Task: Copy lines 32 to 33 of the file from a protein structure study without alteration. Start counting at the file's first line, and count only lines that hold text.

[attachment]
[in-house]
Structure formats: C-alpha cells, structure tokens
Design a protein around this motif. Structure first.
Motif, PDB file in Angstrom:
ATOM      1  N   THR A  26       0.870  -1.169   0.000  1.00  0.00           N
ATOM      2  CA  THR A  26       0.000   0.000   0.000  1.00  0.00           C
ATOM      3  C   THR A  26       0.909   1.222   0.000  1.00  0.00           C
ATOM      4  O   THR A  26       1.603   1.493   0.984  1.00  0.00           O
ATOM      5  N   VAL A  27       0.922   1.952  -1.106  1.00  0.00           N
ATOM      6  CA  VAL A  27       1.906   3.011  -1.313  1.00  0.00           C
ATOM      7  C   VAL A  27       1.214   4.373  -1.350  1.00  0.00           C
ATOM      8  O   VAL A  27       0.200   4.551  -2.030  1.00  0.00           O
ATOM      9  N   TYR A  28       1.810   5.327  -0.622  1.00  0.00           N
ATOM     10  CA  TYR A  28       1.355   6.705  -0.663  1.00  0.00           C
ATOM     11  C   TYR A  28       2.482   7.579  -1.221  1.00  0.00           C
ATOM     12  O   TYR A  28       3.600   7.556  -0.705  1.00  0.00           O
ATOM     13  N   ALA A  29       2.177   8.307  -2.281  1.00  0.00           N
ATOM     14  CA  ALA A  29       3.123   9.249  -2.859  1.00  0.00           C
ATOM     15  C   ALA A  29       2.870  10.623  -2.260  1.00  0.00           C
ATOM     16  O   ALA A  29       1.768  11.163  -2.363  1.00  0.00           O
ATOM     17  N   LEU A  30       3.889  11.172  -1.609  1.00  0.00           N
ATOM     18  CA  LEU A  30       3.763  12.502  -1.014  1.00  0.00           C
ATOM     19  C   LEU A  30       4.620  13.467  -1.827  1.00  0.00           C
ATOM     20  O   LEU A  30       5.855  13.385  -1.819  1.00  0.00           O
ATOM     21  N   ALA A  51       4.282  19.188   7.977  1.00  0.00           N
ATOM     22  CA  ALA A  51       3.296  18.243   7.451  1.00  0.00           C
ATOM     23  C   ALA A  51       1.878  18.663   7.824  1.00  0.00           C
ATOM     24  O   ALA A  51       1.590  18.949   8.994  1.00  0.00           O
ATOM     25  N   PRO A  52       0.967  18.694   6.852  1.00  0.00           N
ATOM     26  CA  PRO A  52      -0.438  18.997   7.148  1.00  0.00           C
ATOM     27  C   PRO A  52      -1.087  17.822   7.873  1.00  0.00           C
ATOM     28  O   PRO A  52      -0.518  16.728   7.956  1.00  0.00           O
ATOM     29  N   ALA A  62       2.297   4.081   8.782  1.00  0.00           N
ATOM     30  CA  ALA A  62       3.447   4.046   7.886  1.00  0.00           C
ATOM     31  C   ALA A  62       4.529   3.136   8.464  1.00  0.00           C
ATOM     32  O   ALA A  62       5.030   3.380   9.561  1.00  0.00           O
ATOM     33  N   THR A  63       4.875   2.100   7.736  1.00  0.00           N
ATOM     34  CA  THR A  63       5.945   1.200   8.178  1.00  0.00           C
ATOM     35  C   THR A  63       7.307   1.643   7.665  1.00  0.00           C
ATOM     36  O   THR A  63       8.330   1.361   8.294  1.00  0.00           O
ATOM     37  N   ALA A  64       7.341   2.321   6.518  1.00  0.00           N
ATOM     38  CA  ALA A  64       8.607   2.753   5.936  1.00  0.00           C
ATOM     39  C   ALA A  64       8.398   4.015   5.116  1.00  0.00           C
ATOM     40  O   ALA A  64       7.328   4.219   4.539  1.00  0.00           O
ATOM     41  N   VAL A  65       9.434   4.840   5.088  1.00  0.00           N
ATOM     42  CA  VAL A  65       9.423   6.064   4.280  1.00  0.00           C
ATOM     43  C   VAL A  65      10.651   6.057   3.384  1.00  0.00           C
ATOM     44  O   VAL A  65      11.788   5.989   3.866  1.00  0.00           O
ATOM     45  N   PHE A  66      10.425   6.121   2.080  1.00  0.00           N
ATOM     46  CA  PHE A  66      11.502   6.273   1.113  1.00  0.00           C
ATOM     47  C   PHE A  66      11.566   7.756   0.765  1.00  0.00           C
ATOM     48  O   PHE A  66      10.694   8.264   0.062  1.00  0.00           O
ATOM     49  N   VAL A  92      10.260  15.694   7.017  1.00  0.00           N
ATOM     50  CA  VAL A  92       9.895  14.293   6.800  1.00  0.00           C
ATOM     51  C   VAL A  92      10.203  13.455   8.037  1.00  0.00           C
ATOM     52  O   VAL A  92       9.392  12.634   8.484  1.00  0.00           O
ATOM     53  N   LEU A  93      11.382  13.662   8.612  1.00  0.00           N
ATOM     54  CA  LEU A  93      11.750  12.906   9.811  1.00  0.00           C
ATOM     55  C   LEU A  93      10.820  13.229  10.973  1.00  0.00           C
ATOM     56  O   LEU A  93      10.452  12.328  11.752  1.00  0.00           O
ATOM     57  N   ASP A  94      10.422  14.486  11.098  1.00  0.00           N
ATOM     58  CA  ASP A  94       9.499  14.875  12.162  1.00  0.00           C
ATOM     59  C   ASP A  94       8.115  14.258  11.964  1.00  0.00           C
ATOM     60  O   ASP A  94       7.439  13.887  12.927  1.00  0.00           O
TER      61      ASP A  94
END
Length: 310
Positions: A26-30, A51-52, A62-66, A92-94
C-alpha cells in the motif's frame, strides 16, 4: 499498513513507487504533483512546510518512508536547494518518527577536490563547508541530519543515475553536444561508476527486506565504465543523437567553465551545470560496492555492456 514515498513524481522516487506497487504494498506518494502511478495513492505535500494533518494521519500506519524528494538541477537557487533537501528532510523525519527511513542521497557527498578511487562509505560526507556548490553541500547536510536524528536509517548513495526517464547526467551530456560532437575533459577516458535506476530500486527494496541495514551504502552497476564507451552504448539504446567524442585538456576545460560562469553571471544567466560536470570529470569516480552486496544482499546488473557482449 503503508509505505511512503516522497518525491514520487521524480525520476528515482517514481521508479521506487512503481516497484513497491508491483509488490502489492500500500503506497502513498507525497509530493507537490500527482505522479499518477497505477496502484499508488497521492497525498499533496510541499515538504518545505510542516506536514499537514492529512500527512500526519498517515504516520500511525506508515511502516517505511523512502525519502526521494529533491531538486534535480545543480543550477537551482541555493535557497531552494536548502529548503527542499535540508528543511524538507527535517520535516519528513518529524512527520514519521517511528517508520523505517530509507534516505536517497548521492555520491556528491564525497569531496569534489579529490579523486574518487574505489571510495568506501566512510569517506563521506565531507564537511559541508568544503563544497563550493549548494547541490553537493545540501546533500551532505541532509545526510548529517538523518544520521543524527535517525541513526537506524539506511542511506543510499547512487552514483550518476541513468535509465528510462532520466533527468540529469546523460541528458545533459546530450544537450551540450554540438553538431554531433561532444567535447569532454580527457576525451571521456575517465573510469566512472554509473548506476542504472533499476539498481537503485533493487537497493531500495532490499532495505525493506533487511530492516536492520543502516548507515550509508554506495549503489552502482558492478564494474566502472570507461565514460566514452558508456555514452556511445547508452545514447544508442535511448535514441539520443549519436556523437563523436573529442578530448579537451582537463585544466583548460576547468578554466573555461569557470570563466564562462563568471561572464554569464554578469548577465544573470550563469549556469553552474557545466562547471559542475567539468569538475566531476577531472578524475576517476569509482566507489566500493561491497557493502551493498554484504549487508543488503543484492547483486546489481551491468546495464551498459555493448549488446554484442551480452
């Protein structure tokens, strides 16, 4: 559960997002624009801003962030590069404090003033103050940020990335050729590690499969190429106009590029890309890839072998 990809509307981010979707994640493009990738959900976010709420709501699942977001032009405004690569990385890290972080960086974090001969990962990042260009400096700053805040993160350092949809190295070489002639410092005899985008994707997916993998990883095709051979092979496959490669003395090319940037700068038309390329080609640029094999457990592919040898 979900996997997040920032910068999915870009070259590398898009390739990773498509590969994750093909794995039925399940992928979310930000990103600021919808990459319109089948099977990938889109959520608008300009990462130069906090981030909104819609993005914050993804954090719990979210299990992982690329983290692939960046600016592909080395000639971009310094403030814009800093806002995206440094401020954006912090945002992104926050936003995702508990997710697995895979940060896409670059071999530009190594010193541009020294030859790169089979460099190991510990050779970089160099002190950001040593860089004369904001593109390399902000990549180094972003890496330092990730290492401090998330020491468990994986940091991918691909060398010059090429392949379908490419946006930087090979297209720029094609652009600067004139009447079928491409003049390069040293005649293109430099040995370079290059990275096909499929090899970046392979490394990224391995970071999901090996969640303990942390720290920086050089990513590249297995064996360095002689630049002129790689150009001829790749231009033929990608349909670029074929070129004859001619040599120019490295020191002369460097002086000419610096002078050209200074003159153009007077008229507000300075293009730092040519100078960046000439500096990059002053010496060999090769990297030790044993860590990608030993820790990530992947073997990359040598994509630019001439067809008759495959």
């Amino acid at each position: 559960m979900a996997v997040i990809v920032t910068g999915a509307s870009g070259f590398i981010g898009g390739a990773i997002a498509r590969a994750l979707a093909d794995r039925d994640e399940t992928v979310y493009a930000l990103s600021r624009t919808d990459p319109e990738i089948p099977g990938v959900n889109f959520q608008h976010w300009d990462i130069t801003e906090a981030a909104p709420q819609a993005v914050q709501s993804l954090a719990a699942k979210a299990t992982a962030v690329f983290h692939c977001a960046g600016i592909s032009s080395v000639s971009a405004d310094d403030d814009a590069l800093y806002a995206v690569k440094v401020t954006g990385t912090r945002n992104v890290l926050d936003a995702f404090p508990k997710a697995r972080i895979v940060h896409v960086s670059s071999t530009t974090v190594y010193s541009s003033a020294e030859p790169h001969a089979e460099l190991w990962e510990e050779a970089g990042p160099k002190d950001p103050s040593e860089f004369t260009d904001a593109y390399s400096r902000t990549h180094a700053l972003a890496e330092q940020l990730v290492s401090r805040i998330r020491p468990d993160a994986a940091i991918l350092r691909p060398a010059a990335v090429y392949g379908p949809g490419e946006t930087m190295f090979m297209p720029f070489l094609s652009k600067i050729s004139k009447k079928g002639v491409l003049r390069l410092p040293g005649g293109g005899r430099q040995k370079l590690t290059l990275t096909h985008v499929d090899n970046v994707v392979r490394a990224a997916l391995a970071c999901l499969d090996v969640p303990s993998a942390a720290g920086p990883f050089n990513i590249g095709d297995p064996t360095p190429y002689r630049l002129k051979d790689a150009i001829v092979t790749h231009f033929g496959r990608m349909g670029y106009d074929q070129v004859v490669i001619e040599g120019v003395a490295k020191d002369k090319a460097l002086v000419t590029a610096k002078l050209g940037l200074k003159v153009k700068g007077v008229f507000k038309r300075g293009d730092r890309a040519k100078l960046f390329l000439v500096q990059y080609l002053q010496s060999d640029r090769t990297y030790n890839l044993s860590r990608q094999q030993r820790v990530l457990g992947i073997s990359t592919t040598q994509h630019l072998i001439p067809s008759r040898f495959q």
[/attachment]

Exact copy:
ATOM     28  O   PRO A  52      -0.518  16.728   7.956  1.00  0.00           O
ATOM     29  N   ALA A  62       2.297   4.081   8.782  1.00  0.00           N